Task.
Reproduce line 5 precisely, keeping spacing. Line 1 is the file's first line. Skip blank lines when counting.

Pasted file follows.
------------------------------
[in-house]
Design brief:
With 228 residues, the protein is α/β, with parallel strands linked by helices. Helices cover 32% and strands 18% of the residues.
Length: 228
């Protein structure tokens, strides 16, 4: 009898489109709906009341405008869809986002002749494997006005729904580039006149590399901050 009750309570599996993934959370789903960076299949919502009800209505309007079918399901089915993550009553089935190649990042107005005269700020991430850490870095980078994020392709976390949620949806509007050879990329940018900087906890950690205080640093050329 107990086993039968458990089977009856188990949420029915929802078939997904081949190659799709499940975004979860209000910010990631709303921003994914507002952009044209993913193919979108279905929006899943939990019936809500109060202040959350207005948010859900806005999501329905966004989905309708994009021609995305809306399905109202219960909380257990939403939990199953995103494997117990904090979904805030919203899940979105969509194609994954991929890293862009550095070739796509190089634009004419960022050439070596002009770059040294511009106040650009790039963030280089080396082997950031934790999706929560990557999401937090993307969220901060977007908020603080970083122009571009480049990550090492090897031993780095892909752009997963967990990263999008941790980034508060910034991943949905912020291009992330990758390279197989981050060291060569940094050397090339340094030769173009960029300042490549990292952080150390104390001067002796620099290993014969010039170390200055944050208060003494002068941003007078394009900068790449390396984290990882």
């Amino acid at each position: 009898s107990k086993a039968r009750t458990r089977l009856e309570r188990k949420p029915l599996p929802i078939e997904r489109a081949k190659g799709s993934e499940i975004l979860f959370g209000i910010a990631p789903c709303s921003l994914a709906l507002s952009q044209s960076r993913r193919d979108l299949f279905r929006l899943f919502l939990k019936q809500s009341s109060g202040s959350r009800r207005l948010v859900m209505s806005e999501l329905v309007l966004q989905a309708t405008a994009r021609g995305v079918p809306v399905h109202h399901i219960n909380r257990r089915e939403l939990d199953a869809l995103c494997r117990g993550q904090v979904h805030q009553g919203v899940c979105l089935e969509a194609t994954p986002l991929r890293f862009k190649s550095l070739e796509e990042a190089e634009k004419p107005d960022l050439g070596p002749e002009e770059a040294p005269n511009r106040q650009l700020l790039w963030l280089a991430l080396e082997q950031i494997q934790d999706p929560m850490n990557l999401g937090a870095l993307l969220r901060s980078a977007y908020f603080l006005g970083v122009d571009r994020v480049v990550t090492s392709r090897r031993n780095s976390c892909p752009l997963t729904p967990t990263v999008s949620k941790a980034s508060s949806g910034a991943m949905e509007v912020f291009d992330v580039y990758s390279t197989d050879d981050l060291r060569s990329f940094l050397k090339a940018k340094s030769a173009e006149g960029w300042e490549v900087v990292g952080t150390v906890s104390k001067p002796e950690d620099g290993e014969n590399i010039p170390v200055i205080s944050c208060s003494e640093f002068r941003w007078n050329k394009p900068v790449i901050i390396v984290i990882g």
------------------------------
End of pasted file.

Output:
């Protein structure tokens, strides 16, 4: 009898489109709906009341405008869809986002002749494997006005729904580039006149590399901050 009750309570599996993934959370789903960076299949919502009800209505309007079918399901089915993550009553089935190649990042107005005269700020991430850490870095980078994020392709976390949620949806509007050879990329940018900087906890950690205080640093050329 107990086993039968458990089977009856188990949420029915929802078939997904081949190659799709499940975004979860209000910010990631709303921003994914507002952009044209993913193919979108279905929006899943939990019936809500109060202040959350207005948010859900806005999501329905966004989905309708994009021609995305809306399905109202219960909380257990939403939990199953995103494997117990904090979904805030919203899940979105969509194609994954991929890293862009550095070739796509190089634009004419960022050439070596002009770059040294511009106040650009790039963030280089080396082997950031934790999706929560990557999401937090993307969220901060977007908020603080970083122009571009480049990550090492090897031993780095892909752009997963967990990263999008941790980034508060910034991943949905912020291009992330990758390279197989981050060291060569940094050397090339340094030769173009960029300042490549990292952080150390104390001067002796620099290993014969010039170390200055944050208060003494002068941003007078394009900068790449390396984290990882």